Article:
The only exception I've ever seen to that regulation was during Hurricane evacuations from Houston. We had 737s and 757s departing IAH with only two flight attendants and a full load of passengers in limited cases. This was allowed by the FAA to get the aircraft, crews, and passengers out.


User currently offlineFlyASAGuy2005 From United States of America, joined Sep 2007, 7004 posts, RR: 11
Reply 9, posted (3 years 2 months 2 weeks 5 days 14 hours ago) and read 3438 times:

Quoting nws2002 (Reply 8):



  

Now, if they REMOVE seats, that's a different story. Back around the time DL slapped Delta Shuttle stickers on some of their 738s, they reduced the seat count, thus being able to lower the minimum cabin crew # by 1. In the rear of the a/c there was just this bare empty section on the port side were the rows of seats were. This has since been reversed though.



What gets measured gets done.
User currently offlineL1011 From United States of America, joined May 1999, 1649 posts, RR: 9
Reply 10, posted (3 years 2 months 2 weeks 5 days 1 hour ago) and read 3323 times:
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A few years ago, I flew on New Years Day from HNL to LAX on a Hawaiian DC-10. They announced that they were short on flight attendants so service would be minimal. After lunch was served, the flight attendants mostly stayed in first class, and weren't seen again in economy until just before landing. Does this mean that on a normal day they carried more than the mandated number of flight attendants, so if they were short by a couple they could still fly?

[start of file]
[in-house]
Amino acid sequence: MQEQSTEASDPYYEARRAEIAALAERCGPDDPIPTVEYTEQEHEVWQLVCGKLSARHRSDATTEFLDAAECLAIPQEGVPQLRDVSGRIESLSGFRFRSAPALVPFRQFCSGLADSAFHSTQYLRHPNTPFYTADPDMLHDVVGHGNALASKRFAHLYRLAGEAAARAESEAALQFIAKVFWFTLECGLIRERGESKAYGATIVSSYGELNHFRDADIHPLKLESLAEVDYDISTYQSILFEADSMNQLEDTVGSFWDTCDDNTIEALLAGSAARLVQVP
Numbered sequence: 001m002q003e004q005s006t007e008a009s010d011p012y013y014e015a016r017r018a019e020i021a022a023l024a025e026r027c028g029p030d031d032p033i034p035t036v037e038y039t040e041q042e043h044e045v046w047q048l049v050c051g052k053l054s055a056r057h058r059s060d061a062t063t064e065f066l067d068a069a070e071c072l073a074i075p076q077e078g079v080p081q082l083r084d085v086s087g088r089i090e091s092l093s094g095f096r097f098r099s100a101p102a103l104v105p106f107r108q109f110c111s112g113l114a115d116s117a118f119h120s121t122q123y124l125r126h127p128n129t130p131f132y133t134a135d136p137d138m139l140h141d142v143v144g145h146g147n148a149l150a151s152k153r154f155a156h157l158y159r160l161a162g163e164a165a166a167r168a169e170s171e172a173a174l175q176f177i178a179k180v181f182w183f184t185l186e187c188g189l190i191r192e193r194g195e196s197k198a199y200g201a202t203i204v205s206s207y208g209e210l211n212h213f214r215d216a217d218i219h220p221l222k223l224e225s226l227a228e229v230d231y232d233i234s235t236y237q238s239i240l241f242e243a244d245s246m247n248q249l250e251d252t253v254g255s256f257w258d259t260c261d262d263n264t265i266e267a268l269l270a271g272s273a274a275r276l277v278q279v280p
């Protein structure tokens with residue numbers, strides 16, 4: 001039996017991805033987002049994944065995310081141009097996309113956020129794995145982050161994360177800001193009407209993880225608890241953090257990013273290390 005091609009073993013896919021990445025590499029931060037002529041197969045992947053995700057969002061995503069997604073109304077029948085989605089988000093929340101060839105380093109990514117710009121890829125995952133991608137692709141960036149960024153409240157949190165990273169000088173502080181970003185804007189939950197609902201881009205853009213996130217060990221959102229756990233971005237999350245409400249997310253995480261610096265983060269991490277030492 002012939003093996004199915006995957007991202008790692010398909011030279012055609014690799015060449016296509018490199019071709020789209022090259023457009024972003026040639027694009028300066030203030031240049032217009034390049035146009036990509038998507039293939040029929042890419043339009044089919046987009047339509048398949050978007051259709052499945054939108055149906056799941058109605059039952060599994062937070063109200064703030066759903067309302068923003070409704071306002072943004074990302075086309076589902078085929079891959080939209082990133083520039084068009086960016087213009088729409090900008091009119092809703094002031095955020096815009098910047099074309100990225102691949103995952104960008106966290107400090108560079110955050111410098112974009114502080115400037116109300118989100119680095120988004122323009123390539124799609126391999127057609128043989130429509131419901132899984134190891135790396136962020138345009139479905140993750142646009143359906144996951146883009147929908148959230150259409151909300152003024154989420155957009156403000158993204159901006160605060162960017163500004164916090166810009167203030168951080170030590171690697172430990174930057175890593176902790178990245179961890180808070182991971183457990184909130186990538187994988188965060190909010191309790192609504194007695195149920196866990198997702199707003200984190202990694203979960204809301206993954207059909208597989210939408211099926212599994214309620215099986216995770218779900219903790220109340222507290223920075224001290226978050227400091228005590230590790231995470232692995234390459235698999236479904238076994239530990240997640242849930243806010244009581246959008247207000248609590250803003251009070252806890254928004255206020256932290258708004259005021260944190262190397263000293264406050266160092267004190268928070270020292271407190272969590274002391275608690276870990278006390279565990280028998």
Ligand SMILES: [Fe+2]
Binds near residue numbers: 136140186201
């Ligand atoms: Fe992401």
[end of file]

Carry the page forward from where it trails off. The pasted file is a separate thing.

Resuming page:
Bob Bradley
Colonial Heights, VA



Fly Eastern's Golden Falcon DC-7B
User currently offlinenws2002 From United States of America, joined Feb 2008, 854 posts, RR: 0
Reply 11, posted (3 years 2 months 2 weeks 4 days 23 hours ago) and read 3271 times:

Quoting L1011 (Reply 10):
Does this mean that on a normal day they carried more than the mandated number of flight attendants, so if they were short by a couple they could still fly?

Probably.

At CO we have an optional FA position on the 738/9 that is only used for full loads, we call it the load positon. If the flight is full and they do not have this extra FA we can still depart because we meet the FAA minimum, but the FA that are working the flight receive extra pay for the extra work.

All of our international flights depart with extra flight attendants, primarily to make sure BusinessFirst service can be accomplished efficiently without making the main cabin service take forever.